But will a “tweak” be sufficient? There are other aspects of the Bill besides clause 13 that pose a threat to free speech. At present, for instance, it requires providers like YouTube, Facebook and Twitter to remove in every part of the United Kingdom content that’s illegal in any part of the United Kingdom. So if something is illegal to say in Scotland, but not in the rest of the UK, the big social media companies would have to remove it in England, Wales and Northern Ireland. Do we really want to empower Nicola Sturgeon to dictate what the entire British population is allowed to see and say online? That seems insane, particularly as Scotland has just passed the Hate Crime and Public Order Act – a piece of legislation that will make it illegal to say a large number of things that are currently lawful to say in the rest of the UK. (FSU Scottish Advisory Council member Jamie Gillies describes the Act as an “authoritarian mess”.)

Over the coming months it’s going to be more important than ever to keep up the pressure on legislators. Now that the leadership contest is over, one very effective way for members to do so will be to use our website’s template email generator to write to their MP and ask that he or she look again at the Bill (the campaigning tool is here). We’ve updated the email to take account of Liz Truss’s recent remarks, welcoming her willingness to amend the Bill and pointing out all the aspects of it that will need to be “tweaked” if its threat to free speech is to be neutralised.

The FSU’s packed schedule of events this autumn!

Details of the FSU’s packed schedule of events this Autumn was emailed to members earlier this week, so do check if you’ve received that message (and let events@freespeechunion.org know if you haven’t).

Our upcoming members-only events include a live, in-person launch of Andrew Doyle’s brilliant new book The New Puritans: How the Religion of Social Justice Captured the Western World. The comedian, author, and presenter of GB News’s Free Speech Nation will join FSU General Secretary Toby Young on-stage in London on 27th September to discuss how we can push back against cancel culture and reinstate liberal democratic values. There’ll be plenty of time for an audience Q&A, as well as for audience members to purchase signed copies of The New Puritans.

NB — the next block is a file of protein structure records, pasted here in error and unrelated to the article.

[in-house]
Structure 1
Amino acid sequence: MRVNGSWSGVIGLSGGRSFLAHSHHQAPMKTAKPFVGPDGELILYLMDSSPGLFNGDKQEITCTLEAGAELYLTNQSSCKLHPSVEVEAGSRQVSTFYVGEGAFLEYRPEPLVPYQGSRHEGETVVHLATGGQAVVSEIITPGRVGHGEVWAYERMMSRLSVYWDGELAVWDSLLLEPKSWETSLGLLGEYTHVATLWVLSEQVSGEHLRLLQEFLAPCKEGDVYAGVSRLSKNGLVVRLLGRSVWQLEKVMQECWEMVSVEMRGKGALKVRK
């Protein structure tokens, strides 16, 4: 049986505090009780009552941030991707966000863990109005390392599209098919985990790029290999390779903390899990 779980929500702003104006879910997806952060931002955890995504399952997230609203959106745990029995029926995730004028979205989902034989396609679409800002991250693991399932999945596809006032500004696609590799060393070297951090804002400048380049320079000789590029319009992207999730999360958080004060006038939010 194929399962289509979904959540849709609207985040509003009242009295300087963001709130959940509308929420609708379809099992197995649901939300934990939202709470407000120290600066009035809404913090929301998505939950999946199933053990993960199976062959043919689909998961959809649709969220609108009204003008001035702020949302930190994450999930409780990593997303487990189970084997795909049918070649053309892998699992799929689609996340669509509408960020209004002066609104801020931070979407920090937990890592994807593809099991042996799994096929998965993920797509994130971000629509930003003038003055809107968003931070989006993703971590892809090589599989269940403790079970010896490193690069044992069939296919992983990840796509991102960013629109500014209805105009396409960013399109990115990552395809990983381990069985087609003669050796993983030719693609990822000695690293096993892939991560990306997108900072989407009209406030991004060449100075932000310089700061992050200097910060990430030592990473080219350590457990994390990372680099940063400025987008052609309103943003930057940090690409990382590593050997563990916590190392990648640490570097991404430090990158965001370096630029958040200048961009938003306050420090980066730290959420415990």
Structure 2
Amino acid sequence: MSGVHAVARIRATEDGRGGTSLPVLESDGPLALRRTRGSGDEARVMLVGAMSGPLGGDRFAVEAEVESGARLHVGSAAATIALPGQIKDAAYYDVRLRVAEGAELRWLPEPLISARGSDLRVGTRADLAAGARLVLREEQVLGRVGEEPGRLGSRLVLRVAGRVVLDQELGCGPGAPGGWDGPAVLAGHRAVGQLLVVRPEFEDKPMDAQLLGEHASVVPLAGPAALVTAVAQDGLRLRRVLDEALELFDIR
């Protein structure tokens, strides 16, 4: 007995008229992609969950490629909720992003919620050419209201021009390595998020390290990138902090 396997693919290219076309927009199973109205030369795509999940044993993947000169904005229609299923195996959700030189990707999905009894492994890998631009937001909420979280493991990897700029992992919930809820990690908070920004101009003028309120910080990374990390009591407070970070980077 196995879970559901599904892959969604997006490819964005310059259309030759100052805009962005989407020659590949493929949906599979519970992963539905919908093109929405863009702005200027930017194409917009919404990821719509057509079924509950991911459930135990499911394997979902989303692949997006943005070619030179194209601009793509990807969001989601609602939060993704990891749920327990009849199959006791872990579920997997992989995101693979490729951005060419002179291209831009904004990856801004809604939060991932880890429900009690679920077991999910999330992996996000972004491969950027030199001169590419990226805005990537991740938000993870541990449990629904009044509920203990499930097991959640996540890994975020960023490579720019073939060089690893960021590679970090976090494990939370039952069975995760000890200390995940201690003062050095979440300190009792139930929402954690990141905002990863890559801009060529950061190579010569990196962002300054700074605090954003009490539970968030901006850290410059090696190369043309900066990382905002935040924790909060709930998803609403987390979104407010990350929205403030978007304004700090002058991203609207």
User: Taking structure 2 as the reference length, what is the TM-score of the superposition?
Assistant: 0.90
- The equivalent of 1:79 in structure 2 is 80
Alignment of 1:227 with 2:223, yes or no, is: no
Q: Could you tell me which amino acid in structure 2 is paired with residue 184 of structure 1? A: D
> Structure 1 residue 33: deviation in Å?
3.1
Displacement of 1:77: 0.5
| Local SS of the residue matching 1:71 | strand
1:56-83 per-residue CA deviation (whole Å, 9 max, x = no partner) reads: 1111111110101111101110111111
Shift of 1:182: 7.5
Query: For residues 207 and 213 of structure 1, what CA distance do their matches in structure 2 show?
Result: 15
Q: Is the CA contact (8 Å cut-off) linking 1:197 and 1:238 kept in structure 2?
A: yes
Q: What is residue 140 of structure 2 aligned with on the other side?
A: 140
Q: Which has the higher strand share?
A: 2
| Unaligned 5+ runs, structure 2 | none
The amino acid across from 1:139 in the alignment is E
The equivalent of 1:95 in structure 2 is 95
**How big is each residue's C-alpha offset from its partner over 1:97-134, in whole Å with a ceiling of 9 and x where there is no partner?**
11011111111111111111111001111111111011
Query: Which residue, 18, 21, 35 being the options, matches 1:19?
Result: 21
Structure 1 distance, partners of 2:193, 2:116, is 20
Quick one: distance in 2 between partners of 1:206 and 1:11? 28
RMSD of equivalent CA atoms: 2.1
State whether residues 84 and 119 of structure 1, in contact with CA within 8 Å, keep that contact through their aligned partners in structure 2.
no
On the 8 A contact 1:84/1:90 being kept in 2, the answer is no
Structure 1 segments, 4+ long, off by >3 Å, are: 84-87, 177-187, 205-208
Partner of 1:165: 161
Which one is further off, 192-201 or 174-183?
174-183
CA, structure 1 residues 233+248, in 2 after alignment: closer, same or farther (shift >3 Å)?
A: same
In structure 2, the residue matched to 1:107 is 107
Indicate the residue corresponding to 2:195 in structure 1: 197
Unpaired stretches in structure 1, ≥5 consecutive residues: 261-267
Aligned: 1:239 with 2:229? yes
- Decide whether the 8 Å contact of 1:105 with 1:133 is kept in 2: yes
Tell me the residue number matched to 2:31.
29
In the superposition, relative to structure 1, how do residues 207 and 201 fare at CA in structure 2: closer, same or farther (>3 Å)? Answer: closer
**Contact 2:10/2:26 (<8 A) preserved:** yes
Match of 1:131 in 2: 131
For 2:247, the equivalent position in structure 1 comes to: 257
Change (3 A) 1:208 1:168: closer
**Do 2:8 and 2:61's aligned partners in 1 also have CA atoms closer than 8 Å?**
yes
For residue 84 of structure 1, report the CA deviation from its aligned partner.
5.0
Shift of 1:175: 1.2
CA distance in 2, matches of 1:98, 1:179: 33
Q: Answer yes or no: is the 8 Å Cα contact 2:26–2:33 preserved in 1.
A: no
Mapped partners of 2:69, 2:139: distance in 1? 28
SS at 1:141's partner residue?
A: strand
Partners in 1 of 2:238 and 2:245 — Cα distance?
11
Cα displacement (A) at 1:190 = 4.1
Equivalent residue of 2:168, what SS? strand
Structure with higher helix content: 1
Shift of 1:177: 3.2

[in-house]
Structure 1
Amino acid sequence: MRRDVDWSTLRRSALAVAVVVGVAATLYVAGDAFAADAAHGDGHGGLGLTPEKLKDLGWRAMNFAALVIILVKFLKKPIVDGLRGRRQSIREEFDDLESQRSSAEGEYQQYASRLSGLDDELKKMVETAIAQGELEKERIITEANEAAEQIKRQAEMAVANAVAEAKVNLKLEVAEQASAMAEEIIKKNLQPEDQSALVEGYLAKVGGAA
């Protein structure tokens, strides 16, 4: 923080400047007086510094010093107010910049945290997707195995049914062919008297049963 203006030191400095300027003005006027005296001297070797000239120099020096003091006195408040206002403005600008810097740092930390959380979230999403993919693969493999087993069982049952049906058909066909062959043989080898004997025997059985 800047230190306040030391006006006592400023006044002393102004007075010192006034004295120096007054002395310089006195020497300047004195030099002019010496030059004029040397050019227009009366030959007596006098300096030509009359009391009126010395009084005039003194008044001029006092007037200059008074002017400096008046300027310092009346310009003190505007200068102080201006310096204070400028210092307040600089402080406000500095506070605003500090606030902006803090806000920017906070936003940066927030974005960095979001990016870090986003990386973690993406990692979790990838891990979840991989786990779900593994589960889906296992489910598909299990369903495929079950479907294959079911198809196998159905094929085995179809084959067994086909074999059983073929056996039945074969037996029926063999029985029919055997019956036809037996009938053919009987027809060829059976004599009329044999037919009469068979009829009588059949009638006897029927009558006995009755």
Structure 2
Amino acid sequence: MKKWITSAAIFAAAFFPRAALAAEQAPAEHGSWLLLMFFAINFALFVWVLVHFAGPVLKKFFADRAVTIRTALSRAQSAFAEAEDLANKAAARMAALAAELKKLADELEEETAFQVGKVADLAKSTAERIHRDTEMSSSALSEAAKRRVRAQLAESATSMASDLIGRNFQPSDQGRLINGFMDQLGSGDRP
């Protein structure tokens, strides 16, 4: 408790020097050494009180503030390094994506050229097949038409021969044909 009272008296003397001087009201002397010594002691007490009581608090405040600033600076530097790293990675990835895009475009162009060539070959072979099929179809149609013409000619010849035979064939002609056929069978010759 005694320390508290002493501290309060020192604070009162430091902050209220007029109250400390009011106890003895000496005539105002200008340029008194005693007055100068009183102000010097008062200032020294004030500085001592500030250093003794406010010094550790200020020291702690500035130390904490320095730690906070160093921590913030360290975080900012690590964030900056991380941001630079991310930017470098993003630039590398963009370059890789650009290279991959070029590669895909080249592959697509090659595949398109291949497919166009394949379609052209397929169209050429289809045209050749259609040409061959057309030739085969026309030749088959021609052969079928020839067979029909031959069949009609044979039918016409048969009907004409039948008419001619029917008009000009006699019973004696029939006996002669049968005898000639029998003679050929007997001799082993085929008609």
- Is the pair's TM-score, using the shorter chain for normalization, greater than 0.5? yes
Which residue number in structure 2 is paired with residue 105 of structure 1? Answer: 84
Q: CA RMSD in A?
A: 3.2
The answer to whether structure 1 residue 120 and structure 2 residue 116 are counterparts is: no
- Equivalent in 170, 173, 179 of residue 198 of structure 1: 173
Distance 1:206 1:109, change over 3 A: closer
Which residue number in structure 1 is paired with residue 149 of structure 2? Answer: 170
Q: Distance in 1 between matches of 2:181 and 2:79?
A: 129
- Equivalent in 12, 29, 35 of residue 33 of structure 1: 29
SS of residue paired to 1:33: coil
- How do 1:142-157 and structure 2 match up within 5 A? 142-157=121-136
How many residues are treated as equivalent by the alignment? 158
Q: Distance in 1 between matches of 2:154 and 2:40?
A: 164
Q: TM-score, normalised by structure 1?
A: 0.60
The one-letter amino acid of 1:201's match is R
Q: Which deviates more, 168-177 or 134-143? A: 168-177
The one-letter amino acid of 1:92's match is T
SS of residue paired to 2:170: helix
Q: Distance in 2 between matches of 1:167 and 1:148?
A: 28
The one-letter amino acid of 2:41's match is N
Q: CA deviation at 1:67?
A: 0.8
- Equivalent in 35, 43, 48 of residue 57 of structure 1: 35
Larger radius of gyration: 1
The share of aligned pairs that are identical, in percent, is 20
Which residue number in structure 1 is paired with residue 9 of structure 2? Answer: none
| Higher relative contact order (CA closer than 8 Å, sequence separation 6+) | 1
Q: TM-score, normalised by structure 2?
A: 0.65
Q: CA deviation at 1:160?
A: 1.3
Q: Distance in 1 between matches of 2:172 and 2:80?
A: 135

On 5th October we’ll be holding our second Online Annual Convention. This event is exclusively for Gold and Founder members, so do consider joining now as a Gold member or upgrading your current membership package. The Convention affords senior staff and the Directors of the FSU the opportunity to thank members for their continuing support and to report back on highlights from the past year – e.g., legal victories, case-work successes and the impact our behind-the-scenes policy work is having. It’s also an opportunity for Gold and Founder members to participate in a Q&A where they get to have their say about the work we’re doing.

Then, on 12th October, Toby will be joined in conversation at an exclusive Online Speakeasy by stand-up comedian, actor, writer and presenter Jack Dee. You can watch Jack’s video message inviting you to the event by clicking here.

FSU members will also be offered discount tickets to the Battle of Ideas Festival 2022 (15th and 16th October). During that event, Toby will be speaking on a panel the FSU is sponsoring that focuses on the Online Safety Bill. The Free Speech Champions will also be partnering on a session about how young people can be brought to care more about freedom of speech. 

Teaching Tolerance: Understanding free speech issues in schools

Join us on Tuesday 13th September at 6.30pm to consider how diversity of opinion and a fair approach to free speech can be upheld in schools. Our panel of experts and campaigners includes anti-racist campaigner Adrian Hart of Don’t Divide Us, critic of gender ideology and co-founder of Conservatives for Women Caroline Ffiske, and Clare Page, a parent who raised the alarm over highly politicised teaching materials being used at her child’s school in South London. They are all campaigning for the right of parents to access and challenge the use of politically contentious teaching materials in UK schools.